Ask The Boss

Photography by Alex Stafford By Molly McCartney April 30, 2012

Janice Zarro; Executive Director, Women’s Resource Center of Sarasota County - "In this job you have to think big."After graduating law school in 1973, Janice Zarro went to work for the House Judiciary Committee involved in the impeachment case against President Nixon. “My assignment was to help with the media, reporters like Connie Chung, Sam Donaldson and Leslie Stahl,” she says. From that job Zarro jumped to the corporate world, heading the Washington, D.C., office of Avon Products in the 1980s and Mallinckrodt Inc., a pharmaceutical company, in the 1990s. She and her husband moved to Florida in 2003, and he noticed a newspaper article about the Women’s Resource Center of Sarasota County executive director search. “He said, ‘I hate to show this to you because you will love it, and I will never see you again.’” Zarro, now 64, was hired.

What are your responsibilities? I oversee 14 employees, four sites and 350 volunteers. We are a nonprofit offering education, networking and support, and referral services for more than 12,000 women in Sarasota County. Our annual budget is $1.2 million.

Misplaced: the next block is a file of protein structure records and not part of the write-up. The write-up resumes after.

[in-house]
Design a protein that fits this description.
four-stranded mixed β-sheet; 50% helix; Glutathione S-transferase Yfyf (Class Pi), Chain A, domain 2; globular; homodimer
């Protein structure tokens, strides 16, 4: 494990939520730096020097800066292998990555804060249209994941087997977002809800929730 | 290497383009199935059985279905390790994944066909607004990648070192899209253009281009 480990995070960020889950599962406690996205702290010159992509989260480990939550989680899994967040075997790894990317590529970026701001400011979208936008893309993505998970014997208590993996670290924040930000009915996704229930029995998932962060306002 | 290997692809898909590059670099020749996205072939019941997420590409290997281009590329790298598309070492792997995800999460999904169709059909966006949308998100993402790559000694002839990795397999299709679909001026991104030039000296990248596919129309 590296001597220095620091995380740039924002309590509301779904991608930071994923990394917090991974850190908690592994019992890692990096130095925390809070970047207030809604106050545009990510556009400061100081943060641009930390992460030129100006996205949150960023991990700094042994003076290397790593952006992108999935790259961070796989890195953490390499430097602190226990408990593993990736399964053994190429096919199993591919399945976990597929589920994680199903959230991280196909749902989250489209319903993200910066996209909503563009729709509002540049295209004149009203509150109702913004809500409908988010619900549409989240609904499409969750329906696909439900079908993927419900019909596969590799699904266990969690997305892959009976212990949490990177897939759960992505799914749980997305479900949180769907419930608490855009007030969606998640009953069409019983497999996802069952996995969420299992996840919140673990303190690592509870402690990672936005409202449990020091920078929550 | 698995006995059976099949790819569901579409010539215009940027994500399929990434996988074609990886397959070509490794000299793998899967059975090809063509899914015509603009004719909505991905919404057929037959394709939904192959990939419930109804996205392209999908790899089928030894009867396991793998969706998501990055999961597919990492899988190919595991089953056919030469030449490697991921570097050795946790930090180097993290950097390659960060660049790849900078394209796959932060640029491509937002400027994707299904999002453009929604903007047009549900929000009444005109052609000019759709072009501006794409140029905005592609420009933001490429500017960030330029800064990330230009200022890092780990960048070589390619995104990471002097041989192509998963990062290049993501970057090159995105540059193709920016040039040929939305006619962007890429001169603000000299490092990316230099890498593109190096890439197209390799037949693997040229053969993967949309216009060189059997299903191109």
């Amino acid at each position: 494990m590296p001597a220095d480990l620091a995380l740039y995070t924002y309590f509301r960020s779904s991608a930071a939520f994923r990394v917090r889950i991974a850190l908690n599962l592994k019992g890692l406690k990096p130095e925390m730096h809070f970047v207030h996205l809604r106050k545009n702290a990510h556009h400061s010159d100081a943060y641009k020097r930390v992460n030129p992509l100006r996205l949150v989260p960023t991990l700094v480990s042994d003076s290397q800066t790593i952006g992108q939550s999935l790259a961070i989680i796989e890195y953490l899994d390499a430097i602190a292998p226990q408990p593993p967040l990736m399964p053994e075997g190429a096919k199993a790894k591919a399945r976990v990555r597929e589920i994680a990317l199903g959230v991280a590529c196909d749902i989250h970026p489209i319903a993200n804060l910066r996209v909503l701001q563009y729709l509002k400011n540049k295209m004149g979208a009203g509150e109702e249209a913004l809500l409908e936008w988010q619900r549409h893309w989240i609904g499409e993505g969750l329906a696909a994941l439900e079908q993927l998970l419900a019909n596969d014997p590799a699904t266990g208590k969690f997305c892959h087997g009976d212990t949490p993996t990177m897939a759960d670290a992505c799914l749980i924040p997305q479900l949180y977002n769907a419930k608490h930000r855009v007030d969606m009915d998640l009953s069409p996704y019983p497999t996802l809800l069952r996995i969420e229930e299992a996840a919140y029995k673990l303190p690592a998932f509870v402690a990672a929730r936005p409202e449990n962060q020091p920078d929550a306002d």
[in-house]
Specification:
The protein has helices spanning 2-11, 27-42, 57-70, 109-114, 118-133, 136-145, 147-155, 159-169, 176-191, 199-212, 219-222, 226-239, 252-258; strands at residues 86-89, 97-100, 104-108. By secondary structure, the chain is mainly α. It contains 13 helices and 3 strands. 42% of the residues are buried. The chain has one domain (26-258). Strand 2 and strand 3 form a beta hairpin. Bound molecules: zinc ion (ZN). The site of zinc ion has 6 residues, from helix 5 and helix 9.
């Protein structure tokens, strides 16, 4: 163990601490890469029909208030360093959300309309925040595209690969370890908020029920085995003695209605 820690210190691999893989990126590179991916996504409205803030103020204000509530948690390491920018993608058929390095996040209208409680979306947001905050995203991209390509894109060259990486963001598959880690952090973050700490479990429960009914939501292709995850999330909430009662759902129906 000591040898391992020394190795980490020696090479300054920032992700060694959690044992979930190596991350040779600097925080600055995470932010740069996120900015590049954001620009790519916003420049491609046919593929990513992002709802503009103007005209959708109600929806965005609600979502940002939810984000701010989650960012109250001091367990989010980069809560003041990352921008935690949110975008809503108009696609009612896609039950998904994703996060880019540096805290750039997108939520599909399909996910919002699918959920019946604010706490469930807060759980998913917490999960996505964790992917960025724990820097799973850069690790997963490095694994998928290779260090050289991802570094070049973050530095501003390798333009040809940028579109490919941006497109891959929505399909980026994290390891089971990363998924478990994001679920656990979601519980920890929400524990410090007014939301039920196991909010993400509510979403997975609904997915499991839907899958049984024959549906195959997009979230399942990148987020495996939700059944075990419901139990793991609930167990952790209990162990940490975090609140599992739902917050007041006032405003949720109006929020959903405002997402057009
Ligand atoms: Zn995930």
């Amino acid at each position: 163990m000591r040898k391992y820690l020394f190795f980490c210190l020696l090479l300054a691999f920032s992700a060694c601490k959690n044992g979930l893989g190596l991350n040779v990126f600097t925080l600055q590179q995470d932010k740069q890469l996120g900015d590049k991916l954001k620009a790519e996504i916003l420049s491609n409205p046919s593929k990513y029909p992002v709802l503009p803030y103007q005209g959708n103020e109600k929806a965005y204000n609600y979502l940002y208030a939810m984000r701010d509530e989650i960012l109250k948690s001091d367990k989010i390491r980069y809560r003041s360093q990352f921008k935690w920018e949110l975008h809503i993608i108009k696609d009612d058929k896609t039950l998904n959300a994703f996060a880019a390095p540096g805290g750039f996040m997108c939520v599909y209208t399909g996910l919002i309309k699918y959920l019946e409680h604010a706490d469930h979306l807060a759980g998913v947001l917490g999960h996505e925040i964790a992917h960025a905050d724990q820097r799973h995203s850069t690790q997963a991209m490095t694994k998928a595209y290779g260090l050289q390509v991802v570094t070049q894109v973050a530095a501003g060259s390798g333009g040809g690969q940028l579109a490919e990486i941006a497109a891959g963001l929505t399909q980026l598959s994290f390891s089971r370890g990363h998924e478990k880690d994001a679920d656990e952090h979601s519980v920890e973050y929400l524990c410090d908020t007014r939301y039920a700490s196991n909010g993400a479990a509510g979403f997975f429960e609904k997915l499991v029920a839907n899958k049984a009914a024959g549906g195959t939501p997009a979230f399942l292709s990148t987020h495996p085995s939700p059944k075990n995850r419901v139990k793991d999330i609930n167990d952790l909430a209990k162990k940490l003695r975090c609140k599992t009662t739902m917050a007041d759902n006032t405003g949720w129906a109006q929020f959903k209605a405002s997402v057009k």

Your biggest challenge? Donations. Our budget is about the same as when I started, but it’s harder to get that money, which comes from individual donations, foundations, grants and memberships. About 23 percent comes from our consignment shop, Encore!&more.

 Donors today? You can’t just ask for money because you want to do good. Donors want you to show results and impact, and you have to be transparent about this.

 How have your clients changed? We deal with more complex problems due to the economy. We used to see women who were in divorce. Now it’s women with housing problems. Their credit cards are maxed out. They don’t have health insurance. We have increased our services even though our budget is the same.

Your proudest achievement? Instituting a successful Returnship Program in response to the downturn in the economy. This has helped women get comprehensive training to re-enter the job market.

What do you do best? Multitasking. To manage a not-for-profit today, you have to be flexible, move from one task to another at almost lightning speed and laser focus. I get weary, but I am good at it.

 What are you not so good at? I am not touchy-feely in the way some people might expect. I have a passion for our mission, but I come at it from a legal and business background of being analytical, assessing the facts, using a business model.

 Your favorite book? Joel Osteen’s book, Your Best Life Now: 7 Steps to Living at Your Full Potential. In this job you have to think big. Your vision has to be beyond your reach so that you energize yourself and your staff and you give more to clients.

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